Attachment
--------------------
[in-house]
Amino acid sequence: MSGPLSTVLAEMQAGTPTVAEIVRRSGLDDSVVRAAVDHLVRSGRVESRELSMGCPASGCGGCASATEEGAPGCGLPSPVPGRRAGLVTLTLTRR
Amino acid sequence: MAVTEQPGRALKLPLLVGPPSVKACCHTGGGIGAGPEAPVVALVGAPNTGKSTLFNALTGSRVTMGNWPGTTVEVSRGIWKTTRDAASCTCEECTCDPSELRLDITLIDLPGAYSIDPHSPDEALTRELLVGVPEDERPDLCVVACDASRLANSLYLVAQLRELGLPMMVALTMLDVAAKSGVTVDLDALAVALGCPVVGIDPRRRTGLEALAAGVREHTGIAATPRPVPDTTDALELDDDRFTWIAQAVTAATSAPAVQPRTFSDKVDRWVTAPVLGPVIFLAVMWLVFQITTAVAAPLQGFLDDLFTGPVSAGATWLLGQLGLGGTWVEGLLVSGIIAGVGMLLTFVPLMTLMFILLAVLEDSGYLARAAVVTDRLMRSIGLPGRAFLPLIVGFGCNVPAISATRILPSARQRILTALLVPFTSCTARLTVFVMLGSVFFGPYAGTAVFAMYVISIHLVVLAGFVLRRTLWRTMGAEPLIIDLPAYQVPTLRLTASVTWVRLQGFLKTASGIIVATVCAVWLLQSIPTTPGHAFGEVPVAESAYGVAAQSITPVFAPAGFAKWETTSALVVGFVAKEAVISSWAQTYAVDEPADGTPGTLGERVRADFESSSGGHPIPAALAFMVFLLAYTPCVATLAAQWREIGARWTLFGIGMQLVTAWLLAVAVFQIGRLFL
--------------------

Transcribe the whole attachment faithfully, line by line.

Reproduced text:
[in-house]
Amino acid sequence: MSGPLSTVLAEMQAGTPTVAEIVRRSGLDDSVVRAAVDHLVRSGRVESRELSMGCPASGCGGCASATEEGAPGCGLPSPVPGRRAGLVTLTLTRR
Amino acid sequence: MAVTEQPGRALKLPLLVGPPSVKACCHTGGGIGAGPEAPVVALVGAPNTGKSTLFNALTGSRVTMGNWPGTTVEVSRGIWKTTRDAASCTCEECTCDPSELRLDITLIDLPGAYSIDPHSPDEALTRELLVGVPEDERPDLCVVACDASRLANSLYLVAQLRELGLPMMVALTMLDVAAKSGVTVDLDALAVALGCPVVGIDPRRRTGLEALAAGVREHTGIAATPRPVPDTTDALELDDDRFTWIAQAVTAATSAPAVQPRTFSDKVDRWVTAPVLGPVIFLAVMWLVFQITTAVAAPLQGFLDDLFTGPVSAGATWLLGQLGLGGTWVEGLLVSGIIAGVGMLLTFVPLMTLMFILLAVLEDSGYLARAAVVTDRLMRSIGLPGRAFLPLIVGFGCNVPAISATRILPSARQRILTALLVPFTSCTARLTVFVMLGSVFFGPYAGTAVFAMYVISIHLVVLAGFVLRRTLWRTMGAEPLIIDLPAYQVPTLRLTASVTWVRLQGFLKTASGIIVATVCAVWLLQSIPTTPGHAFGEVPVAESAYGVAAQSITPVFAPAGFAKWETTSALVVGFVAKEAVISSWAQTYAVDEPADGTPGTLGERVRADFESSSGGHPIPAALAFMVFLLAYTPCVATLAAQWREIGARWTLFGIGMQLVTAWLLAVAVFQIGRLFL